Boring, wasteful meetings are, at best, annoying. At worst, they’re total productivity killers. Believe it or not, U.S. businesses waste $37 billion each year on unproductive meetings, according to research cited by the British Psychological Society (BPS). What’s more, the BPS also says that one out of every three meetings we attend is a complete waste of time.
While many technologies and platforms have emerged that promise businesses will be able to do away with meetings altogether (e.g., Asana, Knotable, and Trello), a future in which organizations never have them seems highly unlikely.
So how do you make the most out of meetings? For starters, you’ll want to reduce the frequency of your meetings. If you meet with your team every week to chart progress, consider switching to every other week and see how it goes. Beyond that, you should also:
You might think you’re able to lead your team through various topics during an hour-long meeting. But folks, including you, are easily distracted.
By preparing a bare-bones agenda — it can be as simple as one word for every topic you want to cover — you’re much more likely to cover everything you want to within the allotted time period.
Meetings can get derailed quickly. All it takes is one talkative and imaginative employee to start ranting, and next thing you know, 15 minutes have disappeared and no one is any wiser.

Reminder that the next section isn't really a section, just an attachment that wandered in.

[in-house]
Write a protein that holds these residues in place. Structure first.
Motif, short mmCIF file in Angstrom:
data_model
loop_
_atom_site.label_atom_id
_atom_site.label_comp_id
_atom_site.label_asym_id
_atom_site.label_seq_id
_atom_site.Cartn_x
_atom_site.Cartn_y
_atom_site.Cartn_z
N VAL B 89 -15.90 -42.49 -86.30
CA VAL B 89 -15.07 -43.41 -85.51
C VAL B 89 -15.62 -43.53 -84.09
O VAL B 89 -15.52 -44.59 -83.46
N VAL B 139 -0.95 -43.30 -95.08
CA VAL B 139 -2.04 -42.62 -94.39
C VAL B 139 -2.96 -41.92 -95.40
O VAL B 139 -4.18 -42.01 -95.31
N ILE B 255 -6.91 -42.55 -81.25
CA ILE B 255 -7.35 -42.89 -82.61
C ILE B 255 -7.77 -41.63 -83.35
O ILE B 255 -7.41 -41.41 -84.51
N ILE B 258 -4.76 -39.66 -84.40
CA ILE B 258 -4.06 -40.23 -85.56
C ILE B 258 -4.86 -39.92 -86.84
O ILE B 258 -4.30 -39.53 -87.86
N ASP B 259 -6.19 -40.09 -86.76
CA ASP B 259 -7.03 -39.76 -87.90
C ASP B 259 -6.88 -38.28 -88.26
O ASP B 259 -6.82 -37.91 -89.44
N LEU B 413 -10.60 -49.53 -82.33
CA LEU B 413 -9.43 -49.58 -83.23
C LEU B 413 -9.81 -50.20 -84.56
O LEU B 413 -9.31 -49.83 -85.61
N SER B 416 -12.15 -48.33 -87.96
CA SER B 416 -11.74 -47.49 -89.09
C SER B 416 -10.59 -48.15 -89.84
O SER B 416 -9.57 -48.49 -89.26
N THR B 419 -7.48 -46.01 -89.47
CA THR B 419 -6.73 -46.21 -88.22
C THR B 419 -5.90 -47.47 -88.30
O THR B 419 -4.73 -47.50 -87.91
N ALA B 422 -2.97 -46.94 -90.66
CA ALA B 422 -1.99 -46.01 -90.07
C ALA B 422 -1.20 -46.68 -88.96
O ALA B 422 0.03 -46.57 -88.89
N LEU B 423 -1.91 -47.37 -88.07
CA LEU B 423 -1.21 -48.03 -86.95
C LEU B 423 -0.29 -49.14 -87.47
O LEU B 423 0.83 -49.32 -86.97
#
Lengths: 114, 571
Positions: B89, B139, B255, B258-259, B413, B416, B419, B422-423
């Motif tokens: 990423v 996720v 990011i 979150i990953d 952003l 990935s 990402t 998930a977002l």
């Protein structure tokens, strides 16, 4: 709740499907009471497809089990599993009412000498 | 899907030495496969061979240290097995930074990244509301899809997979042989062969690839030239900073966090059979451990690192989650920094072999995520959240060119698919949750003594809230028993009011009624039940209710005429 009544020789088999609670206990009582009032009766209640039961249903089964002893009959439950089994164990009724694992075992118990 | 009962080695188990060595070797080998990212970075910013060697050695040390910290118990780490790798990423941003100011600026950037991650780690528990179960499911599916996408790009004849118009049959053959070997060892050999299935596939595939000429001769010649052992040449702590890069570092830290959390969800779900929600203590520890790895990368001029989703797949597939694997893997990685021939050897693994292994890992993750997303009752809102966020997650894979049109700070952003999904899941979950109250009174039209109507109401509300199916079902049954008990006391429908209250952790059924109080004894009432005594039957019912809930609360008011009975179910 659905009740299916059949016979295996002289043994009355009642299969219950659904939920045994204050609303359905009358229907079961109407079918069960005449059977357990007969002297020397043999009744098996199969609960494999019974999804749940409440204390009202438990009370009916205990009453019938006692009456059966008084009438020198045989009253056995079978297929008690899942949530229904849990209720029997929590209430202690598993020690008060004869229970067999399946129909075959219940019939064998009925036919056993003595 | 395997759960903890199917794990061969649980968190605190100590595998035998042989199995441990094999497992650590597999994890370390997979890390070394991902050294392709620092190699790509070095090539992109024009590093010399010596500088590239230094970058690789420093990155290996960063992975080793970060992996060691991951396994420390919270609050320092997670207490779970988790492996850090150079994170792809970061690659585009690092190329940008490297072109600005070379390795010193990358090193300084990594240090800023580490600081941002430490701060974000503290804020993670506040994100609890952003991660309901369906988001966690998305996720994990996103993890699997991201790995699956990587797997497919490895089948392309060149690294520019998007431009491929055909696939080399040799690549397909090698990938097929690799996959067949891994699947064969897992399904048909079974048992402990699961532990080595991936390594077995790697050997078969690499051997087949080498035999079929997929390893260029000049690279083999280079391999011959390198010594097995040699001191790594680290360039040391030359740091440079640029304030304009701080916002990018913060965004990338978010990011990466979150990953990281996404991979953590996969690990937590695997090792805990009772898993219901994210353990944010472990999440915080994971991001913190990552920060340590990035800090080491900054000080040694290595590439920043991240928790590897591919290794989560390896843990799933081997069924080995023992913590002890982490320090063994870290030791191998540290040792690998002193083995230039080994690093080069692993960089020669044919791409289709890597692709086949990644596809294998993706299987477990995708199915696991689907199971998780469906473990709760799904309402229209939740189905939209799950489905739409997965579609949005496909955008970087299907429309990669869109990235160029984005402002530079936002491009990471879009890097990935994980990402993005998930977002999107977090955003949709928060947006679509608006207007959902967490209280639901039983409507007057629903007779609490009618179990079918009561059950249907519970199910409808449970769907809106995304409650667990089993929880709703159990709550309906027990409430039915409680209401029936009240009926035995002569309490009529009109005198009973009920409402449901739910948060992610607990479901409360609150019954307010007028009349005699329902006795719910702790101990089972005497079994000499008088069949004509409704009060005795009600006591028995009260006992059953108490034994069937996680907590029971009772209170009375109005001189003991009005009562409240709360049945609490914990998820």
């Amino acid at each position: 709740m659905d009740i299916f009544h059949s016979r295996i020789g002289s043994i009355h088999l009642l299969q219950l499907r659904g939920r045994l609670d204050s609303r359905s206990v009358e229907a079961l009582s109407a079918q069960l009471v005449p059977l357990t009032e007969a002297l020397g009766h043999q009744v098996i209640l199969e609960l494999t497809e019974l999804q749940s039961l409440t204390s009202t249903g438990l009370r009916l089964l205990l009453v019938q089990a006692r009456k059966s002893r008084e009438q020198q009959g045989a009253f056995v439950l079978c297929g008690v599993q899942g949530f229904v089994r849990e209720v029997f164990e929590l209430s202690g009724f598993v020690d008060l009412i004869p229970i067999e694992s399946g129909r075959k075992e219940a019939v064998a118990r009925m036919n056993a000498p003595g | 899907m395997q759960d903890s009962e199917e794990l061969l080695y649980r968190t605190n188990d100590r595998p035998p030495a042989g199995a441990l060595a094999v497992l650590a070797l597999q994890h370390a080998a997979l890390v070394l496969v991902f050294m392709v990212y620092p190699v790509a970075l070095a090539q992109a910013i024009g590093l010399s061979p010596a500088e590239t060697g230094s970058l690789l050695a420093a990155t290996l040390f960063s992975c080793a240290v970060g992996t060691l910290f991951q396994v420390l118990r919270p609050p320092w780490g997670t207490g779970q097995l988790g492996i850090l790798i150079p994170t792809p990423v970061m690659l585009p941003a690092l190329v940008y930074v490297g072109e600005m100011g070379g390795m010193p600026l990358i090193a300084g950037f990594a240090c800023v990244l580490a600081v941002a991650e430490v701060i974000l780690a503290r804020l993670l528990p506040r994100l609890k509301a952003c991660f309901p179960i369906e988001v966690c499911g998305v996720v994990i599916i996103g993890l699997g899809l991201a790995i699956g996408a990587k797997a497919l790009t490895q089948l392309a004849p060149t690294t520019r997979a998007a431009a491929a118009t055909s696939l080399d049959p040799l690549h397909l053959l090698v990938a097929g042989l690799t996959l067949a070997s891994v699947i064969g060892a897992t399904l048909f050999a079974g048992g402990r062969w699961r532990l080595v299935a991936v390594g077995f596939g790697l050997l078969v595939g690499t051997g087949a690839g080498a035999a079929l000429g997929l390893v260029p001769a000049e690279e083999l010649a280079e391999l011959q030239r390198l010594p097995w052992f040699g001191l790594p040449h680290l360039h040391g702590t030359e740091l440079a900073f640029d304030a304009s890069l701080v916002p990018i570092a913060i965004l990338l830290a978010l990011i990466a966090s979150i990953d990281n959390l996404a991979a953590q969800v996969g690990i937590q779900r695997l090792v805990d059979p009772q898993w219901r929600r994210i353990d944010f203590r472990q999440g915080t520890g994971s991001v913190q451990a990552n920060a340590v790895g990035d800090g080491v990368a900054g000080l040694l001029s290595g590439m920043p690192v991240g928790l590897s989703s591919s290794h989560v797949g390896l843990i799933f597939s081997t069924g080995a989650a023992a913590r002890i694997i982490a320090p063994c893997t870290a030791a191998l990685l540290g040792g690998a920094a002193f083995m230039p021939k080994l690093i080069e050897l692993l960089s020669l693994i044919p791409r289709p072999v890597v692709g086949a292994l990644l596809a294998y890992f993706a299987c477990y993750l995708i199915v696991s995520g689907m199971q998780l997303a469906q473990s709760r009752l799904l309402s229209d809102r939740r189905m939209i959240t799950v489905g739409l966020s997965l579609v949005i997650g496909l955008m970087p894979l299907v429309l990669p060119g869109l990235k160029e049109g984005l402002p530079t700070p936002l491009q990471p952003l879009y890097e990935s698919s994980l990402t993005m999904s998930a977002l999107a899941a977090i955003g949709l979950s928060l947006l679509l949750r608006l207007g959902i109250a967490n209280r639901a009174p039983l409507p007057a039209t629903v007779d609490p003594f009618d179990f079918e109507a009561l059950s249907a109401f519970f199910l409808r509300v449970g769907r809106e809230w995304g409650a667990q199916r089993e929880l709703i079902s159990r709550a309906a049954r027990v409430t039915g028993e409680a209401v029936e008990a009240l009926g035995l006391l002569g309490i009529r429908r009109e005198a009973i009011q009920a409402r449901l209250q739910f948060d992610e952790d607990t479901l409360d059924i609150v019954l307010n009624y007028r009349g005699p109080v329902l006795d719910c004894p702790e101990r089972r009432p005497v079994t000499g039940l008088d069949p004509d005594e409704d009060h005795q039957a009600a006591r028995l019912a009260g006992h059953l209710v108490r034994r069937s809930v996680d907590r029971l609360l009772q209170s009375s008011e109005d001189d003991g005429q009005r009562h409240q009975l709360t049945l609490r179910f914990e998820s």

A simple fix: use a moderator who can help the team stay on track. That person can have the authority to cut people off when appropriate so meetings don’t run too long.
Do you really need to meet with the whole department? Or do you just need to meet with a handful of key players?
Don’t automatically assume you need to invite everyone to attend a meeting, no matter how routine it is. Do your best to only invite people who need to be there. The rest of the team can stay at their desks and tackle their assignments.
An hour might sound like the perfect amount of time for a meeting. But do you really need to spend 60 full minutes talking?
A general rule when it comes to meetings: the shorter, the better. If you were planning to host an hour-long meeting, consider scheduling one for 30 minutes and seeing how productive you can make it.
According to the BPS, for whatever reason, 37% of meetings don’t start on time.
That doesn’t sound like a particularly productive use of time. If you’ve scheduled a meeting to start at 2 p.m., don’t wait until 2:07 p.m. to get rolling. Start on time, and don’t provide a recap for stragglers who show up late.
It’s impossible for everyone to remember everything that is discussed during a particular meeting. Be sure to select someone to takes notes during the meeting — and share them with the rest of the team afterwards. This way, everyone will know what’s expected of them moving forward.
Though they might not be the most exciting thing in the world, meetings are still a necessary part of work. But it’s not enough to simply have a meeting and hope for the best. Rethink your approach to how your organization handles meetings. Chances are you’ll be able to make them a whole lot more effective — which in turn will make your organization more productive and help drive employee engagement.